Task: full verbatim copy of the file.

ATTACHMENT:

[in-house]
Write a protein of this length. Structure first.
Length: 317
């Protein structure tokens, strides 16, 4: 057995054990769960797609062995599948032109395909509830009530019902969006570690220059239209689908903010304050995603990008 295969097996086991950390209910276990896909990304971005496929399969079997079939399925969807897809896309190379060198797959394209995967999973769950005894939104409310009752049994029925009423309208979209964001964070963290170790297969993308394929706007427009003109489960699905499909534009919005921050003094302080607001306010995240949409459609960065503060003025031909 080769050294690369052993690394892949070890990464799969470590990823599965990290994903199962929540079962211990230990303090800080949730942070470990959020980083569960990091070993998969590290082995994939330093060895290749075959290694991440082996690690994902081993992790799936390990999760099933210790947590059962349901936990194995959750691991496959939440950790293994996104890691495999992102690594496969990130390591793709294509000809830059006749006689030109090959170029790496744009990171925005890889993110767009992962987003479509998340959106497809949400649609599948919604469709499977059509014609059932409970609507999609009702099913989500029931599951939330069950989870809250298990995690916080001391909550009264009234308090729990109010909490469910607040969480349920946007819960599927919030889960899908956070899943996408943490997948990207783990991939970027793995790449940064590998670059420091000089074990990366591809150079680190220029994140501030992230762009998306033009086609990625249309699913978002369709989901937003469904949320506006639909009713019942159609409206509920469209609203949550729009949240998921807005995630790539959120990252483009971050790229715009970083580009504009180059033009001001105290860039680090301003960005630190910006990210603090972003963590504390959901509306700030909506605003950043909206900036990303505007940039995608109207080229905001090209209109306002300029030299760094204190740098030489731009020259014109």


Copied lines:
[in-house]
Write a protein of this length. Structure first.
Length: 317
């Protein structure tokens, strides 16, 4: 057995054990769960797609062995599948032109395909509830009530019902969006570690220059239209689908903010304050995603990008 295969097996086991950390209910276990896909990304971005496929399969079997079939399925969807897809896309190379060198797959394209995967999973769950005894939104409310009752049994029925009423309208979209964001964070963290170790297969993308394929706007427009003109489960699905499909534009919005921050003094302080607001306010995240949409459609960065503060003025031909 080769050294690369052993690394892949070890990464799969470590990823599965990290994903199962929540079962211990230990303090800080949730942070470990959020980083569960990091070993998969590290082995994939330093060895290749075959290694991440082996690690994902081993992790799936390990999760099933210790947590059962349901936990194995959750691991496959939440950790293994996104890691495999992102690594496969990130390591793709294509000809830059006749006689030109090959170029790496744009990171925005890889993110767009992962987003479509998340959106497809949400649609599948919604469709499977059509014609059932409970609507999609009702099913989500029931599951939330069950989870809250298990995690916080001391909550009264009234308090729990109010909490469910607040969480349920946007819960599927919030889960899908956070899943996408943490997948990207783990991939970027793995790449940064590998670059420091000089074990990366591809150079680190220029994140501030992230762009998306033009086609990625249309699913978002369709989901937003469904949320506006639909009713019942159609409206509920469209609203949550729009949240998921807005995630790539959120990252483009971050790229715009970083580009504009180059033009001001105290860039680090301003960005630190910006990210603090972003963590504390959901509306700030909506605003950043909206900036990303505007940039995608109207080229905001090209209109306002300029030299760094204190740098030489731009020259014109």